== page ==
Baseball’s Tommy Lasorda is 84, very busy, and still authentically Catholic

His ability to tell a story, to speak extemporaneously, to motivate, to humor, remains unparalleled. It’s why he’s still relevant, why he’s sought as a speaker all over the country 16 years after he managed his last game and 24 years since the Dodgers last won a World Series.

Lasorda thinks back to his roots. He was one of five sons born to Italian immigrants Sabatino and Carmella Lasorda, raised in a small tri-level house in blue-collar Norristown, Pa. Sabatino drove a truck at a stone quarry for a living.

“A lot of times when I’m up there speaking, I think of my father and how he was a great storyteller,” Lasorda says. “When he wanted us to do something, he always told us in story form. He’d use our names in the stories and they always had a message.”

One made-up tale Sabatino told his sons was of a priest who wanted a huge boulder removed from the front of the parish. He had the five Lasorda brothers over for dinner, thinking that if he fed them, they’d move the rock for him. After they ate, the priest said, “You are the biggest guys in town. Show me how strong you are.”

One of the Lasorda brothers replied, “Look, Father, you got us all wrong. We’re just the biggest eaters in town.” The Lasordas walked out on the priest.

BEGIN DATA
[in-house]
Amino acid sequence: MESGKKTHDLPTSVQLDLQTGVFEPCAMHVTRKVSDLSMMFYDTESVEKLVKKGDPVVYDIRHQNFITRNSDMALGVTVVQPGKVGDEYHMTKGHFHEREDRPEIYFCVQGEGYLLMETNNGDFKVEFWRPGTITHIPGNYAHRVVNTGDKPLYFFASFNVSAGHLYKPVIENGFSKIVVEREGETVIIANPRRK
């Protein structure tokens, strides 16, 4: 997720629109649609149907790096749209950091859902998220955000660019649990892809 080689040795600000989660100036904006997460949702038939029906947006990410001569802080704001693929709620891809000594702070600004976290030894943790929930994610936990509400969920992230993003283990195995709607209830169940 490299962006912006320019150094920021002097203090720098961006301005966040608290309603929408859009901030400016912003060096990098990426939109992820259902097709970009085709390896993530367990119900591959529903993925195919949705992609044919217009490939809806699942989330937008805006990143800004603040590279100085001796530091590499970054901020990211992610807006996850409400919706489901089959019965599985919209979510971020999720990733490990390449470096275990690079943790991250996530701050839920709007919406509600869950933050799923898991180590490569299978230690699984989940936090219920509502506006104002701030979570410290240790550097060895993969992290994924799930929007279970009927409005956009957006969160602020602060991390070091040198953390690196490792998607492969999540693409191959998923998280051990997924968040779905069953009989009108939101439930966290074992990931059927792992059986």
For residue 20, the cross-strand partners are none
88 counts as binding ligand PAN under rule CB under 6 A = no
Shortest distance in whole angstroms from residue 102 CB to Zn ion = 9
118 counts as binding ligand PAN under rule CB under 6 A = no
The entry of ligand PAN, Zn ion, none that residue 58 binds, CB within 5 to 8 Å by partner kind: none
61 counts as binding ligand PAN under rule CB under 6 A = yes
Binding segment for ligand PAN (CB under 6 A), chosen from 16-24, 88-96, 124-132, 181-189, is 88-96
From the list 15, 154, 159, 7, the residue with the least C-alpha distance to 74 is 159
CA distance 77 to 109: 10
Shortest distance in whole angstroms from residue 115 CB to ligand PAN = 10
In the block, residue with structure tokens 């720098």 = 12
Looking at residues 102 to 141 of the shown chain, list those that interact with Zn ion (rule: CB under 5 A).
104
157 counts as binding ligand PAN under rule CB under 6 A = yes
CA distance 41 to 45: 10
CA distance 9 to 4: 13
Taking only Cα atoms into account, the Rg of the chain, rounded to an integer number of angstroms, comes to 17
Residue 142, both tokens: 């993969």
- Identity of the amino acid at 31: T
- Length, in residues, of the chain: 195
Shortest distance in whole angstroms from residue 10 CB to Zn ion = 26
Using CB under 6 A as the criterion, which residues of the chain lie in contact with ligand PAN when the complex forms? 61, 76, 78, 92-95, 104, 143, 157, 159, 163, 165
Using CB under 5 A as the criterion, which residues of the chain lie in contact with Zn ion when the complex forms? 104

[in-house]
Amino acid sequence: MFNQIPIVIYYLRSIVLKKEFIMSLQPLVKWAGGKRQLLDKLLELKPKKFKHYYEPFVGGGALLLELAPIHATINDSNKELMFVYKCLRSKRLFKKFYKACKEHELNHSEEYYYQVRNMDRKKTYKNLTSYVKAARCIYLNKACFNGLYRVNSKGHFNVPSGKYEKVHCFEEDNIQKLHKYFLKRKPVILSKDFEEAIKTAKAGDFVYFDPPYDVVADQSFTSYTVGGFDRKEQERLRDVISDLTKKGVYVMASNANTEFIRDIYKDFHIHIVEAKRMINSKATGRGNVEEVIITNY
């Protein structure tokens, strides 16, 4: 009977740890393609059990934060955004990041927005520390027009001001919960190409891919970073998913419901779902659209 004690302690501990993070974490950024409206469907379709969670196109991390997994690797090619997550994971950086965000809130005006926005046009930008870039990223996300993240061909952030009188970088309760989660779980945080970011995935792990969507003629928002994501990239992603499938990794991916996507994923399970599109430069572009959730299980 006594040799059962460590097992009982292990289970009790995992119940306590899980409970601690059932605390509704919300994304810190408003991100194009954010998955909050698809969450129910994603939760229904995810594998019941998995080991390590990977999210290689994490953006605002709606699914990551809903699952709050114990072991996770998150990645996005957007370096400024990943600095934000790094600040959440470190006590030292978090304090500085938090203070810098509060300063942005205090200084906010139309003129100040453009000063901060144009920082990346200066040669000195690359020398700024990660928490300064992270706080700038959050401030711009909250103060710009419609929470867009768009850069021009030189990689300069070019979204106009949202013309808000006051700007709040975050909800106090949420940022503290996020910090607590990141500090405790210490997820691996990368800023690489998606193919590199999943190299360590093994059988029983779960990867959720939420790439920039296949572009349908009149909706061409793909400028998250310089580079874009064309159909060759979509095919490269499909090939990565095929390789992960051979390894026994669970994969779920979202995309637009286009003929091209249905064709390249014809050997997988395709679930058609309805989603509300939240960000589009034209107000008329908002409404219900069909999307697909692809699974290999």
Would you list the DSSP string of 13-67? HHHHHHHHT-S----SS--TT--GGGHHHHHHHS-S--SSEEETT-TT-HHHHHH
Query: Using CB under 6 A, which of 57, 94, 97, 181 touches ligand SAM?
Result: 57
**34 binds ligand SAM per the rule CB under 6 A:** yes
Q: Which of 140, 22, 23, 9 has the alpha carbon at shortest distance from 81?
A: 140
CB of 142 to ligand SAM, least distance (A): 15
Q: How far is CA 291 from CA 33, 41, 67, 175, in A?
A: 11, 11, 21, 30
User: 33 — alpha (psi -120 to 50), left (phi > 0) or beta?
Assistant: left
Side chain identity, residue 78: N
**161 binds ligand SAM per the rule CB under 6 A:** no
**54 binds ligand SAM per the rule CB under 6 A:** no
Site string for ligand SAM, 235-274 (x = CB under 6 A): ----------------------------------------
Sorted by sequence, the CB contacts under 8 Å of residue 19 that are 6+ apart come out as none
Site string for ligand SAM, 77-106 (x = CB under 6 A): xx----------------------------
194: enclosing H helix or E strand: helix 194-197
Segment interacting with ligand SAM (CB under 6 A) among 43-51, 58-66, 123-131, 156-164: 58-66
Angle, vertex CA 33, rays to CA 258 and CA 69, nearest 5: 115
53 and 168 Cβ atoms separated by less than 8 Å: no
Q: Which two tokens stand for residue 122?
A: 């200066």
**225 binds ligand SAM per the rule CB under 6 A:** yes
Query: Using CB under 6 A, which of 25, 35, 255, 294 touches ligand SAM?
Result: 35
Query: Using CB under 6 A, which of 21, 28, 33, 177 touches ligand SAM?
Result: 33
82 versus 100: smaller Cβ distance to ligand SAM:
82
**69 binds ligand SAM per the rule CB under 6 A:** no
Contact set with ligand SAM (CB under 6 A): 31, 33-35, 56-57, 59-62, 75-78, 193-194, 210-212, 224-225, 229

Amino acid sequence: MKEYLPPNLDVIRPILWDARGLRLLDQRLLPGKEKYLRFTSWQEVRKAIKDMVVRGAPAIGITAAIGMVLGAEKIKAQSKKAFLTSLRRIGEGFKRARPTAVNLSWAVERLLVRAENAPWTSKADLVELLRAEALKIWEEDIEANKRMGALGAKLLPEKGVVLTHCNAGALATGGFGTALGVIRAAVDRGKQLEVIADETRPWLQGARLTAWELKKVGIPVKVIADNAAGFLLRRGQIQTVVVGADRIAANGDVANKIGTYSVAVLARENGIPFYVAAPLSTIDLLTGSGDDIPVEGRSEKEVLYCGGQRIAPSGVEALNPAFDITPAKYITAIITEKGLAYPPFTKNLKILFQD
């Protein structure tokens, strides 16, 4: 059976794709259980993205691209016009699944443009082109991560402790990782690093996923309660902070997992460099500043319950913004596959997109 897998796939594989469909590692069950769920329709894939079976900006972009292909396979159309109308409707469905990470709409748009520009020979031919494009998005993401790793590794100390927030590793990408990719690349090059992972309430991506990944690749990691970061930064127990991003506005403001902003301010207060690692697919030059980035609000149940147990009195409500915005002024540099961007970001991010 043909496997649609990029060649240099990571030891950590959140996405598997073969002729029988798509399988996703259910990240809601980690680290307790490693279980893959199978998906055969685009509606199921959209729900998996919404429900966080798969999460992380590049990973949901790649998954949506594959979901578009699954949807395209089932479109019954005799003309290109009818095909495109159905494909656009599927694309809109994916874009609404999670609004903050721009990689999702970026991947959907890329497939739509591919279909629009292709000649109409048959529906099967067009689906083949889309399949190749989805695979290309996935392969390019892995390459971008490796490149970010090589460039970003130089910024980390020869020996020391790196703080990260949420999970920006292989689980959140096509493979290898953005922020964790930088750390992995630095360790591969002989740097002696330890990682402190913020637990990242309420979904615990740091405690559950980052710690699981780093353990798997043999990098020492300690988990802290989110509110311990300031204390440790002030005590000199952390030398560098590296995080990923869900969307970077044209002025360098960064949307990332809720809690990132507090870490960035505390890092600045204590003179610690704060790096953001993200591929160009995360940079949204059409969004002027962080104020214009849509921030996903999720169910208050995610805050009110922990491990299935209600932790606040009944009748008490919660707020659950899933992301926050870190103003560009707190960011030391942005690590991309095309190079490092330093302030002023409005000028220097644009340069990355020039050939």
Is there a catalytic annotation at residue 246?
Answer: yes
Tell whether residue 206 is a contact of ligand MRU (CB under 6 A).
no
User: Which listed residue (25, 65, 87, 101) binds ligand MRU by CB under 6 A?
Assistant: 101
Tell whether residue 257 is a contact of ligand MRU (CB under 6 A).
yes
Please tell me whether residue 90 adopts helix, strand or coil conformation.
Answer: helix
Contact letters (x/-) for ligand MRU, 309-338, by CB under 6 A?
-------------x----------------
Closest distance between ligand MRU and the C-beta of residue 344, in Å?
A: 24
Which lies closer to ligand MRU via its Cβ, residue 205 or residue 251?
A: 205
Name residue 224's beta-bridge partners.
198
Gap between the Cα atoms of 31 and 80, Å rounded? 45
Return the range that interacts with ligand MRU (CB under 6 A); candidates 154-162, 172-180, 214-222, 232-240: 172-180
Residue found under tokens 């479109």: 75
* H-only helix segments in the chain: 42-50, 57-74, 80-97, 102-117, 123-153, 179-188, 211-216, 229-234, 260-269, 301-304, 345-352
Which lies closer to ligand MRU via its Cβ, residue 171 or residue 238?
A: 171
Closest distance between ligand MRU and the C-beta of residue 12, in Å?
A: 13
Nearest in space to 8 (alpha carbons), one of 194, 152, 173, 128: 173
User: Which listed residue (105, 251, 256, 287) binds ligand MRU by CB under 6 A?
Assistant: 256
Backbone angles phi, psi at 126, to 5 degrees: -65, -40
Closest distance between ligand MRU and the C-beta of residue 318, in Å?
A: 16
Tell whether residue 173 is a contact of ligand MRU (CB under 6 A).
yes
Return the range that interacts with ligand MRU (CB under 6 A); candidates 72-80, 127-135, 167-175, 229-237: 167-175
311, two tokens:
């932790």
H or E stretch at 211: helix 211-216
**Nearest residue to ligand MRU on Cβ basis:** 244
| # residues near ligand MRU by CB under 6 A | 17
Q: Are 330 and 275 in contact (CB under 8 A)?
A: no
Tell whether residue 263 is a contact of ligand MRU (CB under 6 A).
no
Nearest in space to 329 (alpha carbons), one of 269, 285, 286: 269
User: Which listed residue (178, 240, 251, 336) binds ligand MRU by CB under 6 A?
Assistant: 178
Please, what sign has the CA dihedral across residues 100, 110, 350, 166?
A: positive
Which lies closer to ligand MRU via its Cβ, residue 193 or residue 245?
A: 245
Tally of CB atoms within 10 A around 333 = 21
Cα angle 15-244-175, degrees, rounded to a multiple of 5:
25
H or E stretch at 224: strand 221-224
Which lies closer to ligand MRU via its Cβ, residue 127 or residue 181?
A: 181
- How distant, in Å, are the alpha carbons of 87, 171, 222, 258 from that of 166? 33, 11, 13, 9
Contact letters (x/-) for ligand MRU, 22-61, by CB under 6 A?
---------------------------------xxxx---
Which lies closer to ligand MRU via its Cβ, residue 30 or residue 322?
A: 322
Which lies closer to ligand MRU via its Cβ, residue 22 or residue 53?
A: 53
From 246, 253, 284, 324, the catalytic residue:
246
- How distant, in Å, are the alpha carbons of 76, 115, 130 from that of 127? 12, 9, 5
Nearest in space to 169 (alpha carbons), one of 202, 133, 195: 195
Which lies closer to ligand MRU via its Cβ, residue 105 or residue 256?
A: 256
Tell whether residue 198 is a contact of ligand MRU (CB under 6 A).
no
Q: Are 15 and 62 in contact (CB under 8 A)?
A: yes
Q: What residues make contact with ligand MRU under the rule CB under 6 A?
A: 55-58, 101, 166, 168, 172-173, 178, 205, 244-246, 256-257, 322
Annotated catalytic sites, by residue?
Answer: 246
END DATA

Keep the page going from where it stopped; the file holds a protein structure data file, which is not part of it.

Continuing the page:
“That was my dad’s way of telling us, ‘You guys are lazy. You eat but you don’t do squat,’ ” Lasorda says, a good 70 years after the lesson.

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Political correctness runs amok at World Series

Four U.S. senators and health officials from the cities hosting the World Series are urging the baseball players union to agree to a ban on chewing tobacco at games and on camera.

The senators, including No. 2 Democrat Dick Durbin of Illinois, and health officials from St. Louis and Arlington, Texas, made the pleas in separate letters, obtained Tuesday by The Associated Press. The World Series between the Texas Rangers and St. Louis Cardinals begins in St. Louis Wednesday night.


Editor’s note: These guys a real idiots. They want to do for professional baseball what Frank-Dodd did for the U.S. economy.

There’s nothing like suffering from tobacco withdrawal to enhance a World Series player’s abilities … and in the most important games of the season, to boot!

Durbin and his brain dead pals should be arrested for tampering with the game.